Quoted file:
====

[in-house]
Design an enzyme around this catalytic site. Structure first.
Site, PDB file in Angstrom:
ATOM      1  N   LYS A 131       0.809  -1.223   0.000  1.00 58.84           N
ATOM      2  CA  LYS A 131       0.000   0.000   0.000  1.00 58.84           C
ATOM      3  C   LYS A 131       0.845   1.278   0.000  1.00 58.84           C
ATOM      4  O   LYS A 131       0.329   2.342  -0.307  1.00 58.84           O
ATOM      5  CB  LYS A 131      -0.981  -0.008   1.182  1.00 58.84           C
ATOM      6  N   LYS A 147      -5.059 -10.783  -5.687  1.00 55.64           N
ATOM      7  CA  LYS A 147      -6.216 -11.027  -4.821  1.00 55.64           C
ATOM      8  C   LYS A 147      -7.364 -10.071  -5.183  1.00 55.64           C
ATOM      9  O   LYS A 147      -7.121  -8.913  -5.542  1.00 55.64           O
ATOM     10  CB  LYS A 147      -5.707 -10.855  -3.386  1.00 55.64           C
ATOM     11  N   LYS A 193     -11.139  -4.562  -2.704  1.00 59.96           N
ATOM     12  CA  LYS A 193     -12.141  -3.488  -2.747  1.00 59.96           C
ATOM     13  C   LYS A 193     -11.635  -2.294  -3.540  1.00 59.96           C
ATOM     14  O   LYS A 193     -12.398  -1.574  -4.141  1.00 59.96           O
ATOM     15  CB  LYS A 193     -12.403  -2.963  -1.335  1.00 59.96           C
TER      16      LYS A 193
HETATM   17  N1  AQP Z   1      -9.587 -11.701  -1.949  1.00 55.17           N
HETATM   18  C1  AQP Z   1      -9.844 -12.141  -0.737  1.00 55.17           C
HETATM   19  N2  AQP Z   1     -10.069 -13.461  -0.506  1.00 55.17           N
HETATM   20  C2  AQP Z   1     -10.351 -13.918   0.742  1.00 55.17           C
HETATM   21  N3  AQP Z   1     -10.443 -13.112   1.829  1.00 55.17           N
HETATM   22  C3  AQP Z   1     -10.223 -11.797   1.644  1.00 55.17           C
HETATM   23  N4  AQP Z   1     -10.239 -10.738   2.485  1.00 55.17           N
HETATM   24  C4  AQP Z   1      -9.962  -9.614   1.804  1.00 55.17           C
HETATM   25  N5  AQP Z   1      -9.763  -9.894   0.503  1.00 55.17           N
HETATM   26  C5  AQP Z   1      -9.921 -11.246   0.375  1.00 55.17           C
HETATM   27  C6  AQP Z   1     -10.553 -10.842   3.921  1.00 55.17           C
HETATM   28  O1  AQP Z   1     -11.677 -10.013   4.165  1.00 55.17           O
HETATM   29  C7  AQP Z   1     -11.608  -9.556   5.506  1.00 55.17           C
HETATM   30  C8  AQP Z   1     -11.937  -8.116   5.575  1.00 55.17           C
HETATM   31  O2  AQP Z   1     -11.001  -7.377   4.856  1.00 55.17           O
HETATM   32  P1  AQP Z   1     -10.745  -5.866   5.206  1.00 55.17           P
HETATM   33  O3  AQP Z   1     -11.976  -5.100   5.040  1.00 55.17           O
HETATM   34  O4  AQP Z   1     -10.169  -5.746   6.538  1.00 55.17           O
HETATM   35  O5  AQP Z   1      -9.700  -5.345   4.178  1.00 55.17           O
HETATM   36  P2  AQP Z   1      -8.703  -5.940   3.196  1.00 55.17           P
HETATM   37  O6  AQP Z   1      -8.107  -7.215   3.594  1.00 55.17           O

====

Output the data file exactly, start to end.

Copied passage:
[in-house]
Design an enzyme around this catalytic site. Structure first.
Site, PDB file in Angstrom:
ATOM      1  N   LYS A 131       0.809  -1.223   0.000  1.00 58.84           N
ATOM      2  CA  LYS A 131       0.000   0.000   0.000  1.00 58.84           C
ATOM      3  C   LYS A 131       0.845   1.278   0.000  1.00 58.84           C
ATOM      4  O   LYS A 131       0.329   2.342  -0.307  1.00 58.84           O
ATOM      5  CB  LYS A 131      -0.981  -0.008   1.182  1.00 58.84           C
ATOM      6  N   LYS A 147      -5.059 -10.783  -5.687  1.00 55.64           N
ATOM      7  CA  LYS A 147      -6.216 -11.027  -4.821  1.00 55.64           C
ATOM      8  C   LYS A 147      -7.364 -10.071  -5.183  1.00 55.64           C
ATOM      9  O   LYS A 147      -7.121  -8.913  -5.542  1.00 55.64           O
ATOM     10  CB  LYS A 147      -5.707 -10.855  -3.386  1.00 55.64           C
ATOM     11  N   LYS A 193     -11.139  -4.562  -2.704  1.00 59.96           N
ATOM     12  CA  LYS A 193     -12.141  -3.488  -2.747  1.00 59.96           C
ATOM     13  C   LYS A 193     -11.635  -2.294  -3.540  1.00 59.96           C
ATOM     14  O   LYS A 193     -12.398  -1.574  -4.141  1.00 59.96           O
ATOM     15  CB  LYS A 193     -12.403  -2.963  -1.335  1.00 59.96           C
TER      16      LYS A 193
HETATM   17  N1  AQP Z   1      -9.587 -11.701  -1.949  1.00 55.17           N
HETATM   18  C1  AQP Z   1      -9.844 -12.141  -0.737  1.00 55.17           C
HETATM   19  N2  AQP Z   1     -10.069 -13.461  -0.506  1.00 55.17           N
HETATM   20  C2  AQP Z   1     -10.351 -13.918   0.742  1.00 55.17           C
HETATM   21  N3  AQP Z   1     -10.443 -13.112   1.829  1.00 55.17           N
HETATM   22  C3  AQP Z   1     -10.223 -11.797   1.644  1.00 55.17           C
HETATM   23  N4  AQP Z   1     -10.239 -10.738   2.485  1.00 55.17           N
HETATM   24  C4  AQP Z   1      -9.962  -9.614   1.804  1.00 55.17           C
HETATM   25  N5  AQP Z   1      -9.763  -9.894   0.503  1.00 55.17           N
HETATM   26  C5  AQP Z   1      -9.921 -11.246   0.375  1.00 55.17           C
HETATM   27  C6  AQP Z   1     -10.553 -10.842   3.921  1.00 55.17           C
HETATM   28  O1  AQP Z   1     -11.677 -10.013   4.165  1.00 55.17           O
HETATM   29  C7  AQP Z   1     -11.608  -9.556   5.506  1.00 55.17           C
HETATM   30  C8  AQP Z   1     -11.937  -8.116   5.575  1.00 55.17           C
HETATM   31  O2  AQP Z   1     -11.001  -7.377   4.856  1.00 55.17           O
HETATM   32  P1  AQP Z   1     -10.745  -5.866   5.206  1.00 55.17           P
HETATM   33  O3  AQP Z   1     -11.976  -5.100   5.040  1.00 55.17           O
HETATM   34  O4  AQP Z   1     -10.169  -5.746   6.538  1.00 55.17           O
HETATM   35  O5  AQP Z   1      -9.700  -5.345   4.178  1.00 55.17           O
HETATM   36  P2  AQP Z   1      -8.703  -5.940   3.196  1.00 55.17           P
HETATM   37  O6  AQP Z   1      -8.107  -7.215   3.594  1.00 55.17           O